Meta is taking legal action to disrupt a widespread phishing campaign. On Monday, the company “disclosed the identities” of a group of people who created more than 39,000 websites designed to trick Facebook, Instagram and WhatsApp users into coughing into their login credentials.
The company says scammers have used the relay service Ngrok to redirect people to their websites in a way that allows them to hide their actions. “This enabled them to hide the true location of the phishing sites and the identities of the online hosting providers and the defendants,” Meta said. Starting last March, the company began working with the relay service to suspend “thousands” of URLs associated with the campaign.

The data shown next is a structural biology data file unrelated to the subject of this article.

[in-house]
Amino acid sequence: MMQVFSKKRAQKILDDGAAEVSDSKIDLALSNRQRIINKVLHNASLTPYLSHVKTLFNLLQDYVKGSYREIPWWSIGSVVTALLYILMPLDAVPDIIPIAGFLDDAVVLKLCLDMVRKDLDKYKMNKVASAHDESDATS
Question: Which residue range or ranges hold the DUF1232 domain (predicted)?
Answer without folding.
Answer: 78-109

This isn’t the first time you’ve used the threat of legal action to try to stop a phishing campaign. In 2019 and 2020, the company filed lawsuits against and two domain name registrars who allowed cyber-squatters to claim domains like instagrambusinesshelp.com and whatsappdownload.site. However, the size of this campaign appears to dwindle with OnlineNIC and Namecheap enabled ones. When Meta sued the latter in 2020, it said it registered 45 domains that were explicitly created to confuse people.
All products recommended by Engadget are handpicked by our editorial team, independently of the parent company. Some of our stories include affiliate links. If you buy something through one of these links, we may earn an affiliate commission.